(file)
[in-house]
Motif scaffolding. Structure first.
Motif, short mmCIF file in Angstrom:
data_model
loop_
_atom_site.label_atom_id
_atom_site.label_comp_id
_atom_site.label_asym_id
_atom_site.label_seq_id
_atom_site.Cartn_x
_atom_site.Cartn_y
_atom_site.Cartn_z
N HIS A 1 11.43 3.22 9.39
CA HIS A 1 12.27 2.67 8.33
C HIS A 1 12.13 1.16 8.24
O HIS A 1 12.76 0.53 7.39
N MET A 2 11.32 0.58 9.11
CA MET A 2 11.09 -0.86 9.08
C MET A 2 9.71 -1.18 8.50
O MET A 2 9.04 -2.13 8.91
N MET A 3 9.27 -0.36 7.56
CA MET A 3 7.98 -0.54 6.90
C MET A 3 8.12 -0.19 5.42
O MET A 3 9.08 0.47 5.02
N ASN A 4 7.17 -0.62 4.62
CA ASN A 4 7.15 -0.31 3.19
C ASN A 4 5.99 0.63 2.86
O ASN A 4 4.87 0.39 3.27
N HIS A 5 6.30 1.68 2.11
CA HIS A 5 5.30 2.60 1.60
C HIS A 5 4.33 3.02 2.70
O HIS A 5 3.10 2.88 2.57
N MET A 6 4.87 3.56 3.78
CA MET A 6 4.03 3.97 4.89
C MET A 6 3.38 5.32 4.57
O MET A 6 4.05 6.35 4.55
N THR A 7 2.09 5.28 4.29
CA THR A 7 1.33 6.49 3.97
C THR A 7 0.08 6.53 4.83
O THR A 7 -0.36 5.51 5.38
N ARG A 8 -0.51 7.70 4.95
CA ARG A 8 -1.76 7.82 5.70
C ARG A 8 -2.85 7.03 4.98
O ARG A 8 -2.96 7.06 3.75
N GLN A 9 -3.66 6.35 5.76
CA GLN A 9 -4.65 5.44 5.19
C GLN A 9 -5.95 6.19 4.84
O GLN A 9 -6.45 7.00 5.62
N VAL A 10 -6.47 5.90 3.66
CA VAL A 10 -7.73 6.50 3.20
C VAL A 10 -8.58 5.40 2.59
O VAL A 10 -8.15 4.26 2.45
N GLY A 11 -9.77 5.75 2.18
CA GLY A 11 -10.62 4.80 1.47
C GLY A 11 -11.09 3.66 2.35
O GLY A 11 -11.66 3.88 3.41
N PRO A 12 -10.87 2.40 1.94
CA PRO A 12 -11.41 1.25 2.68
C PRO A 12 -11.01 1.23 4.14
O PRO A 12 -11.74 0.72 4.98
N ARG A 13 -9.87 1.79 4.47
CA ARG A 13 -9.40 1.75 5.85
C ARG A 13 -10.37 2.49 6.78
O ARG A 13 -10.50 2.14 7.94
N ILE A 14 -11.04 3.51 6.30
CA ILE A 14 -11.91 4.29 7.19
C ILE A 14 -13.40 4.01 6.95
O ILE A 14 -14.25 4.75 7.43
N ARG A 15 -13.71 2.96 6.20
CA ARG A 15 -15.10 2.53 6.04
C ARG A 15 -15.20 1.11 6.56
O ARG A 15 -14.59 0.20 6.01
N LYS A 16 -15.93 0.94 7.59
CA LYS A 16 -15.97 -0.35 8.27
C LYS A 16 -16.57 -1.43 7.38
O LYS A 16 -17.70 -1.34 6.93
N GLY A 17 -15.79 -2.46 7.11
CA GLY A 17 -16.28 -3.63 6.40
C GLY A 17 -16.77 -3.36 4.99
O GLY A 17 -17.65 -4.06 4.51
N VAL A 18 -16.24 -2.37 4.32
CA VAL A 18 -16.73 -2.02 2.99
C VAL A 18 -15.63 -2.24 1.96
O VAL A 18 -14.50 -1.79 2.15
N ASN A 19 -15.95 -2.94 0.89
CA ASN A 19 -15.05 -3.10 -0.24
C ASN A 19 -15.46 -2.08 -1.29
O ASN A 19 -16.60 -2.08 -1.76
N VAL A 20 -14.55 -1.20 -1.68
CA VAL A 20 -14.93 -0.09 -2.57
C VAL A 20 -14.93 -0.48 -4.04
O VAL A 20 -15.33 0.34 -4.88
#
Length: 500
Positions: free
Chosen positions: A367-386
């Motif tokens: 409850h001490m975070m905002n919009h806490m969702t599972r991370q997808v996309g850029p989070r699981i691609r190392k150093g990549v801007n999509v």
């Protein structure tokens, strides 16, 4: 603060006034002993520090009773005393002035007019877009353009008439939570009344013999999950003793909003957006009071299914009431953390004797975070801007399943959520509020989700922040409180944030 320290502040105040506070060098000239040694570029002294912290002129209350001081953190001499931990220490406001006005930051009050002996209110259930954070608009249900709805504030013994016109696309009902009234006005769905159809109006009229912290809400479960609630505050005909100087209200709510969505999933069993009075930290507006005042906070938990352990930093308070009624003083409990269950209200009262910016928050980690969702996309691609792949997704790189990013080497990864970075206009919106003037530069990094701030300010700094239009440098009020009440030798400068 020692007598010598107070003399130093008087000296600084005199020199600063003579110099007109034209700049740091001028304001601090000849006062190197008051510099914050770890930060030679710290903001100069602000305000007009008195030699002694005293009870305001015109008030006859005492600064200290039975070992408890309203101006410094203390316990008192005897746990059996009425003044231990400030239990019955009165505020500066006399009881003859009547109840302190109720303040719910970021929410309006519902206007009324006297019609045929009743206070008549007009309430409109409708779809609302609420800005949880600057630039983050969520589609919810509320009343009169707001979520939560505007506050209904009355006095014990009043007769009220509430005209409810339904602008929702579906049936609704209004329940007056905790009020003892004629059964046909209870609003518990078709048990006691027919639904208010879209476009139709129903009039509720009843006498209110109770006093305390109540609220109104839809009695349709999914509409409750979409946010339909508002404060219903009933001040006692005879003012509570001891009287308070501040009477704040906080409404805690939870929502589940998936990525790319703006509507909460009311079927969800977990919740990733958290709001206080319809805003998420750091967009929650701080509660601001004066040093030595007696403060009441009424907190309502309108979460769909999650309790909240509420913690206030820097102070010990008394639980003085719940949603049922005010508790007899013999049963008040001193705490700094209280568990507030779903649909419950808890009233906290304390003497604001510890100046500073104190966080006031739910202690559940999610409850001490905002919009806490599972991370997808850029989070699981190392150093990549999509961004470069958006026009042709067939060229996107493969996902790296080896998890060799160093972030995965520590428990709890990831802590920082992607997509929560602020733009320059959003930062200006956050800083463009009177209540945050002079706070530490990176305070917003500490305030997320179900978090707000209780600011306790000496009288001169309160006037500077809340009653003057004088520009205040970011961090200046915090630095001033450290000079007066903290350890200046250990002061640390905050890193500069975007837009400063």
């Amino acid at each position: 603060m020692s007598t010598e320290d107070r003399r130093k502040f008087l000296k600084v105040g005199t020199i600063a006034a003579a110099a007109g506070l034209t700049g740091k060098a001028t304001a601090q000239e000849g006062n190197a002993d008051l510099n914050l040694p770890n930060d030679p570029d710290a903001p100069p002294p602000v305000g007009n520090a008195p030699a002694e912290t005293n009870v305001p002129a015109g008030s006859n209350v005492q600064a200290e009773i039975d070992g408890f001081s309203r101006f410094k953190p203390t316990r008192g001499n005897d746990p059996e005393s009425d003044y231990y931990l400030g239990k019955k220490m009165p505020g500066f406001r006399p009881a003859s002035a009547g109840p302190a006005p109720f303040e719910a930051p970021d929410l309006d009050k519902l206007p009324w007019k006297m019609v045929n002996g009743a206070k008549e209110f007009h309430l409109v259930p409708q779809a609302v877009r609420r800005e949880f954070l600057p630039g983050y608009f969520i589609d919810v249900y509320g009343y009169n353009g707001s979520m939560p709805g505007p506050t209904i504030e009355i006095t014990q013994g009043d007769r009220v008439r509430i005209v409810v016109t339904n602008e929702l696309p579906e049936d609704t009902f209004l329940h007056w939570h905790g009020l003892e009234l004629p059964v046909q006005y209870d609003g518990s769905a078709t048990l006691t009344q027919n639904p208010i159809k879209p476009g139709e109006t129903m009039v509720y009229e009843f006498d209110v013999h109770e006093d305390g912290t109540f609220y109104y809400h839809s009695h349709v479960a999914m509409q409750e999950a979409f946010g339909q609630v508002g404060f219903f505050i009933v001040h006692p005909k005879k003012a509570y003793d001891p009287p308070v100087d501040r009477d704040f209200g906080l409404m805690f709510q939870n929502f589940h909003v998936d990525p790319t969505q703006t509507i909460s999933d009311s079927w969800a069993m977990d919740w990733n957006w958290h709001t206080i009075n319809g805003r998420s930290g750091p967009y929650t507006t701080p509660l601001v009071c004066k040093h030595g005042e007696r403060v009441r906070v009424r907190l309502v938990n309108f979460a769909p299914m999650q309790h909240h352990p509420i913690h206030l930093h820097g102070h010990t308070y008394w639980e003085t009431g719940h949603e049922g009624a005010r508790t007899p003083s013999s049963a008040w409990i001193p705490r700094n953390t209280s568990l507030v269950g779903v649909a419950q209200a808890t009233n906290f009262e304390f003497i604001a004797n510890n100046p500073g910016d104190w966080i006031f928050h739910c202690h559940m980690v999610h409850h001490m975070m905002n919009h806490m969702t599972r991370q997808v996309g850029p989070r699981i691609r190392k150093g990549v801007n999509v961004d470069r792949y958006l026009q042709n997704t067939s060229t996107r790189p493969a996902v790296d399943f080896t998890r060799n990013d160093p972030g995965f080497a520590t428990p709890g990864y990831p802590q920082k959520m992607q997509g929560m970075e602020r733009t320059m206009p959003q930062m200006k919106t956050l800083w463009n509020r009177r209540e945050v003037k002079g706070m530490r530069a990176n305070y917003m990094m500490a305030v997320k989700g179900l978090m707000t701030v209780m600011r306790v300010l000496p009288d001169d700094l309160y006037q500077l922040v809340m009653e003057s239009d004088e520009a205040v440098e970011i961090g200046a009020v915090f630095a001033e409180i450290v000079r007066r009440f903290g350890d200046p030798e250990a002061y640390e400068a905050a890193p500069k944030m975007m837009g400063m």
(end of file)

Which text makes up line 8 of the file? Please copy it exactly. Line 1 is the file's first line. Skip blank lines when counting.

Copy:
_atom_site.label_asym_id